Commodities are assets that have tangible properties, such as oil, metals and agricultural products. Investments in commodities and commodity-linked securities may be affected by overall market movements, changes in interest rates and other factors, such as weather, disease, embargoes, and international economic and political developments, as well as the trading activity of speculators and arbitrageurs in the underlying commodities. Investments in commodities or commodity-linked securities may not be suitable for all investors.


The use of derivatives (futures, options and swap agreements) may create additional risks that would not be present in the underlying securities themselves, thus raising the potential for greater investment loss. Examples include a reduction in returns, increased volatility, exposure to the effects of leverage, and the risk that the other party in the transaction will not fulfill its contractual obligations.


Securities products offered by E*TRADE Securities LLC (ETS), Member SIPC or Morgan Stanley Smith Barney LLC (MSSB), Member SIPC. Investment advisory services offered by E*TRADE Capital Management, LLC (ETCM) or MSSB. Commodity futures and options on futures products and services offered by E*TRADE Futures LLC, Member NFA. Stock plan administration solutions and services offered by E*TRADE Financial Corporate Services, Inc. Banking products and services are provided by Morgan Stanley Private Bank, National Association, Member FDIC. All entities are separate but affiliated subsidiaries of Morgan Stanley.


The VIX index draws from both call and put options with more than 23 days and less than 37 days to expiration.\u00a0"}},"@type":"Question","name":"How do I bet against the VIX?","acceptedAnswer":"@type":"Answer","text":"The best way to directly bet against the VIX is to use bearish options trading strategies on the VIX itself, such as the bear call spread and bull put spread.\u00a0Additionally, investors can purchase SVXY, ProShares Short VIX Short-Term Futures ETF. Because of contango, this ETF tends to shed value faster than the VIX.\u00a0"]}Next LessonVIX Term Structure ExplainedJanuary 27, 2022CBOE Volatility Index GuideFebruary 3, 2022High Dividend, Low Volatility ETFsJune 14, 2021Additional ResourcesCBOE Volatility Index: Live Data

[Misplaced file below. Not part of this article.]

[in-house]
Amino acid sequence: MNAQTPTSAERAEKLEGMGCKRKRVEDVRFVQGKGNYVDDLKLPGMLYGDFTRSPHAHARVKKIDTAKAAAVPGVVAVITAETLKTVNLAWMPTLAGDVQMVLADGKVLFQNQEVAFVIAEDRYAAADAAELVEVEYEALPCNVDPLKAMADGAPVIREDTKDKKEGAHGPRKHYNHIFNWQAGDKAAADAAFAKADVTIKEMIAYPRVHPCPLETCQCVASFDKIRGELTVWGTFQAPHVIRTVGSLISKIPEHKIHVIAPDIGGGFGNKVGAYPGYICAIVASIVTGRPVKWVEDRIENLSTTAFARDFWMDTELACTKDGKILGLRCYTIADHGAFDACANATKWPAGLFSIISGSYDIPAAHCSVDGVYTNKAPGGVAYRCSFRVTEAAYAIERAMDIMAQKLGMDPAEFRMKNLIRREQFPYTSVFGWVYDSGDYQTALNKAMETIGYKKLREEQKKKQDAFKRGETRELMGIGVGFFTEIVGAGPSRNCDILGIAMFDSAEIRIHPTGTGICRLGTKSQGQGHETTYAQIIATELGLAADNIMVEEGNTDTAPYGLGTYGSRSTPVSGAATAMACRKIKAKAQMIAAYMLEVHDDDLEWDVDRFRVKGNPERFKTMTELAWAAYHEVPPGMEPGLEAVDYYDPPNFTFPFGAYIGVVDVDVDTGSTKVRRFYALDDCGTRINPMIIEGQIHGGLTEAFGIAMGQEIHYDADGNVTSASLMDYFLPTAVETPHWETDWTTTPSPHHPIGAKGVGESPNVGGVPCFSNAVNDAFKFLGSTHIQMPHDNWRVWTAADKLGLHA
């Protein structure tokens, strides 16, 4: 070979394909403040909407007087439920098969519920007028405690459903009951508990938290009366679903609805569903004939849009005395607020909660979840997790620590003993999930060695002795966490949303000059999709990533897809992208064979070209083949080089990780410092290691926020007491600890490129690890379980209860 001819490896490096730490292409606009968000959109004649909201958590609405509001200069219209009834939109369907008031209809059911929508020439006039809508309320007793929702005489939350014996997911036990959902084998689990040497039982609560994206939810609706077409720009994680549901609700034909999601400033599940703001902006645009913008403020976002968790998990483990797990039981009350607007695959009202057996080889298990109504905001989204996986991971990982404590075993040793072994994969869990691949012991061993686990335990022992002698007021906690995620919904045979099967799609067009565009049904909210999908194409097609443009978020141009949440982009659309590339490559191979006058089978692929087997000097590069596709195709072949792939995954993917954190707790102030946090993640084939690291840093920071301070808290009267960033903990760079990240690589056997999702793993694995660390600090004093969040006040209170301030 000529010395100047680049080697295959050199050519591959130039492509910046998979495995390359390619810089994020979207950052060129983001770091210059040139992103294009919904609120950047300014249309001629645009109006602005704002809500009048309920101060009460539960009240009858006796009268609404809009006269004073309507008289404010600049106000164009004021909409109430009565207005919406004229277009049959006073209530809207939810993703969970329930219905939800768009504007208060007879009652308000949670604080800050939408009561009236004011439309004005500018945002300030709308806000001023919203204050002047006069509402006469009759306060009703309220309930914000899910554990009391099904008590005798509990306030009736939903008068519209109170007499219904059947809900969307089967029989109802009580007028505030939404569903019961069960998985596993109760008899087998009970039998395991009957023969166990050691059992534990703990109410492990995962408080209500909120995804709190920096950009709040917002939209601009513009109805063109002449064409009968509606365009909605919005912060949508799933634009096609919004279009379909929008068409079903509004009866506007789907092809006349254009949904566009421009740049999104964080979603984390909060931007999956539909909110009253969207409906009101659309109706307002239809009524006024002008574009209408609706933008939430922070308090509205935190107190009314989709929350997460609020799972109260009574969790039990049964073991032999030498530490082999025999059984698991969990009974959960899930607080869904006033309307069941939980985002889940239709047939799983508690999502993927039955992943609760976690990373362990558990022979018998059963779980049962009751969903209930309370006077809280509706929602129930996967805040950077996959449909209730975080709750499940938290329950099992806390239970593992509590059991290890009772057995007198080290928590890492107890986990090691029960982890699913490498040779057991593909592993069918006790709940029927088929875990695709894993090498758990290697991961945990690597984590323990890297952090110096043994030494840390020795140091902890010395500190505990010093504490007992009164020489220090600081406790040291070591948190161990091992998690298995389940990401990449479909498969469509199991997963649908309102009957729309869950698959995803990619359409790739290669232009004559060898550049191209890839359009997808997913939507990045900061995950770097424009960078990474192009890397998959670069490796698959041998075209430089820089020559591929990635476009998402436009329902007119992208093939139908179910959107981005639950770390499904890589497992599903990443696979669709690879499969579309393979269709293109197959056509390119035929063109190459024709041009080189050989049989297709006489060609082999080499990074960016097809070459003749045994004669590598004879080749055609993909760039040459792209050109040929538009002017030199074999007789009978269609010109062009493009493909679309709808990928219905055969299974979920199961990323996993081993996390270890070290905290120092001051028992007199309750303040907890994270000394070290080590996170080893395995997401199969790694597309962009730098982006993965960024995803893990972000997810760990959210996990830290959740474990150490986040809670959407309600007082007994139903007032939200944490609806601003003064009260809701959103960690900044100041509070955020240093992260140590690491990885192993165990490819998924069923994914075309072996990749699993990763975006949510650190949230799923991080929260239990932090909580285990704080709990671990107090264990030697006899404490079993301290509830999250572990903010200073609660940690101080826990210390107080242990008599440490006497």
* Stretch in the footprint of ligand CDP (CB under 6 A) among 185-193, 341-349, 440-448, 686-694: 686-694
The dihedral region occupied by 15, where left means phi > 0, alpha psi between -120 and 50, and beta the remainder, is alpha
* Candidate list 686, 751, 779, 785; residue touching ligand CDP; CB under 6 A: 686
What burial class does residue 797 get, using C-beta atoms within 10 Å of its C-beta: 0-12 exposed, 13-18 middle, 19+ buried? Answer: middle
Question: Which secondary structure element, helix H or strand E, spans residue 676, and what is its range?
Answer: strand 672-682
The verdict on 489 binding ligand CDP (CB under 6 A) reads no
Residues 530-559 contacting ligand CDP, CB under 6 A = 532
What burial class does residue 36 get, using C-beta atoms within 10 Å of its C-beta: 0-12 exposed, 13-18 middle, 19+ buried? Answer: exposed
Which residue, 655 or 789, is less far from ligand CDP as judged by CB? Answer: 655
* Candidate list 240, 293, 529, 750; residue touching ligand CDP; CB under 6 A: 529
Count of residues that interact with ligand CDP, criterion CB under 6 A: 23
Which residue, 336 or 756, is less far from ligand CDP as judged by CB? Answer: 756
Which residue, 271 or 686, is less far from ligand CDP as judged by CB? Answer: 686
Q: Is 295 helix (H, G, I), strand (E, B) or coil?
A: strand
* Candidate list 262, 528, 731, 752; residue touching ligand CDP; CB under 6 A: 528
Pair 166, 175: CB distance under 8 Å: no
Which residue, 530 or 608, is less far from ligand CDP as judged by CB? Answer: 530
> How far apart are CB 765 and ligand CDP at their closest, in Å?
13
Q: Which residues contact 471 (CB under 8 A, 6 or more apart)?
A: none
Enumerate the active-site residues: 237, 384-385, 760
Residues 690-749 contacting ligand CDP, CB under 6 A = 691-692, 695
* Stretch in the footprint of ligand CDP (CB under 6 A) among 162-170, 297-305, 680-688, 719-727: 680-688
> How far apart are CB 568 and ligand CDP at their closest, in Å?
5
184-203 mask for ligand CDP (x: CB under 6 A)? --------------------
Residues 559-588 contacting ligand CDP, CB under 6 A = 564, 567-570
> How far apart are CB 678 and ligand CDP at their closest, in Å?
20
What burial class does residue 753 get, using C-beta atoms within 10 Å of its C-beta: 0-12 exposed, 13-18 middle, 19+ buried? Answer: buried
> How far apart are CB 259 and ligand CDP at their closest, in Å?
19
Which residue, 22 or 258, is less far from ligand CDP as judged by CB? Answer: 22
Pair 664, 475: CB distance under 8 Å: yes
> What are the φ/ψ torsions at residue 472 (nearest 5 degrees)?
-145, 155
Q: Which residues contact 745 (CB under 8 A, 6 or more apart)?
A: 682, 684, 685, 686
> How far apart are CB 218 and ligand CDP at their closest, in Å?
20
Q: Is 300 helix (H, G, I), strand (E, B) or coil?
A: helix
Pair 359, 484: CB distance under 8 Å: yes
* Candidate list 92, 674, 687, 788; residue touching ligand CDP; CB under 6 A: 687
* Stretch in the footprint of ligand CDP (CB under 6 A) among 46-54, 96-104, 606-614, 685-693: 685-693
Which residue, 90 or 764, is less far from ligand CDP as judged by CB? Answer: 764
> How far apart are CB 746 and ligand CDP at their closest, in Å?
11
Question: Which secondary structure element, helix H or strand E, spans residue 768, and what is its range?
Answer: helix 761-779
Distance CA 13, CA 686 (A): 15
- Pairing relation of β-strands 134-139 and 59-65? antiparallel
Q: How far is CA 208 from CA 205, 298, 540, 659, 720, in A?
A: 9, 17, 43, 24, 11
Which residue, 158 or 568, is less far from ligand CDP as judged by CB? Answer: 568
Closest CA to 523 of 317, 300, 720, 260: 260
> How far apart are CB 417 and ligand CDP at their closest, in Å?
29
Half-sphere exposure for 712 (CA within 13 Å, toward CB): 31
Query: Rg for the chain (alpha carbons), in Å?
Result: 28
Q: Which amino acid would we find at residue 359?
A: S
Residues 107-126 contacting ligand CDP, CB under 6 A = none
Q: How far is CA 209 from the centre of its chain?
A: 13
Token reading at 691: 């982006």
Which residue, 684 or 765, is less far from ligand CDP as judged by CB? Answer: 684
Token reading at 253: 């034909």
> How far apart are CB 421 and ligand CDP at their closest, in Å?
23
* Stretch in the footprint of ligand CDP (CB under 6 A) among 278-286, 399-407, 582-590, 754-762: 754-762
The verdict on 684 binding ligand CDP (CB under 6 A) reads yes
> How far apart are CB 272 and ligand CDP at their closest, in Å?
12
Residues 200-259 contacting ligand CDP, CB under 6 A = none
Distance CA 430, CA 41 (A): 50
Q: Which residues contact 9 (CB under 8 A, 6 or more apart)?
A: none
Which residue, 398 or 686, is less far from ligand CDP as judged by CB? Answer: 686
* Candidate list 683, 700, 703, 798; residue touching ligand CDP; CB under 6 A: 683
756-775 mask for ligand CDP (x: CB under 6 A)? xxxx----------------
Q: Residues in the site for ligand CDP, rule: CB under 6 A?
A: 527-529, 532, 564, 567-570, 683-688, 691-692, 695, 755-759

Disclaimer: Neither projectfinance or any of its officers, directors, employees, other personnel, representatives, agents or independent contractors is, in such capacities, a licensed financial adviser, registered investment adviser, registered broker-dealer or FINRASIPCNFA-member firm. projectfinance does not provide investment or financial advice or make investment recommendations. projectfinance is not in the business of transacting trades, nor does projectfinance agree to direct your brokerage accounts or give trading advice tailored to your particular situation. Nothing contained in our content constitutes a solicitation, recommendation, promotion, or endorsement of any particular security, other investment product, transaction or investment. Trading Futures, Options on Futures, and retail off-exchange foreign currency transactions involves substantial risk of loss and is not suitable for all investors. You should carefully consider whether trading is suitable for you in light of your circumstances, knowledge, and financial resources. You may lose all or more of your initial investment. Opinions, market data, and recommendations are subject to change at any time. Past Performance is not necessarily indicative of future results.


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In March 2020, as concerns around the COVID-19 pandemic took hold and its impact on the economy was unknown, the VIX reached an all-time high of 82.69. This peak surpassed its previous high of 80.86, which was reached during the fall of 2008 as the global financial crisis was wreaking havoc on markets. For most of its existence, the VIX has generally sat somewhere between the levels of 10 and 30.


But for those who are more inclined to trade and speculate, ETFs that track the VIX can be a useful tool. When uncertainty and fear hits the market, stocks generally fall, and your portfolio could take a hit. But having a small amount of money invested in an ETF that tracks the VIX can help dampen the blow. 041b061a72